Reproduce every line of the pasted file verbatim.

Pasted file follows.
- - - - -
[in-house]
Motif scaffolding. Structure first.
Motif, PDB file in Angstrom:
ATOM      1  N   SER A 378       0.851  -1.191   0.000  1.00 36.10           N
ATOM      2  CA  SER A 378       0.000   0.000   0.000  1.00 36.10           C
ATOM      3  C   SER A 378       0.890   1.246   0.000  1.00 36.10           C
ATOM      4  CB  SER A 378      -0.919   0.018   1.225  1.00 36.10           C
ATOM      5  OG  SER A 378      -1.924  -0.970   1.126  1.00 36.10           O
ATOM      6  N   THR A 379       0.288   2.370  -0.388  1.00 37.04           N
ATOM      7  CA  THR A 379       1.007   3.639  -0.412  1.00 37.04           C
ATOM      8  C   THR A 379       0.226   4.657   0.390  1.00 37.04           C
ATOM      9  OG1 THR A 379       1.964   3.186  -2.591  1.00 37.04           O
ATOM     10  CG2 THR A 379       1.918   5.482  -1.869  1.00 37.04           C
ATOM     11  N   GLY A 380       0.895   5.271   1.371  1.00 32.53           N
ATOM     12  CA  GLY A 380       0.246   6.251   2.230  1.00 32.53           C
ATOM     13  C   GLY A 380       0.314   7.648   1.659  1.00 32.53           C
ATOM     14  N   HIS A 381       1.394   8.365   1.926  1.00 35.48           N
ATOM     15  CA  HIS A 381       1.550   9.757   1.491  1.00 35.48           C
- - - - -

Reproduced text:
[in-house]
Motif scaffolding. Structure first.
Motif, PDB file in Angstrom:
ATOM      1  N   SER A 378       0.851  -1.191   0.000  1.00 36.10           N
ATOM      2  CA  SER A 378       0.000   0.000   0.000  1.00 36.10           C
ATOM      3  C   SER A 378       0.890   1.246   0.000  1.00 36.10           C
ATOM      4  CB  SER A 378      -0.919   0.018   1.225  1.00 36.10           C
ATOM      5  OG  SER A 378      -1.924  -0.970   1.126  1.00 36.10           O
ATOM      6  N   THR A 379       0.288   2.370  -0.388  1.00 37.04           N
ATOM      7  CA  THR A 379       1.007   3.639  -0.412  1.00 37.04           C
ATOM      8  C   THR A 379       0.226   4.657   0.390  1.00 37.04           C
ATOM      9  OG1 THR A 379       1.964   3.186  -2.591  1.00 37.04           O
ATOM     10  CG2 THR A 379       1.918   5.482  -1.869  1.00 37.04           C
ATOM     11  N   GLY A 380       0.895   5.271   1.371  1.00 32.53           N
ATOM     12  CA  GLY A 380       0.246   6.251   2.230  1.00 32.53           C
ATOM     13  C   GLY A 380       0.314   7.648   1.659  1.00 32.53           C
ATOM     14  N   HIS A 381       1.394   8.365   1.926  1.00 35.48           N
ATOM     15  CA  HIS A 381       1.550   9.757   1.491  1.00 35.48           C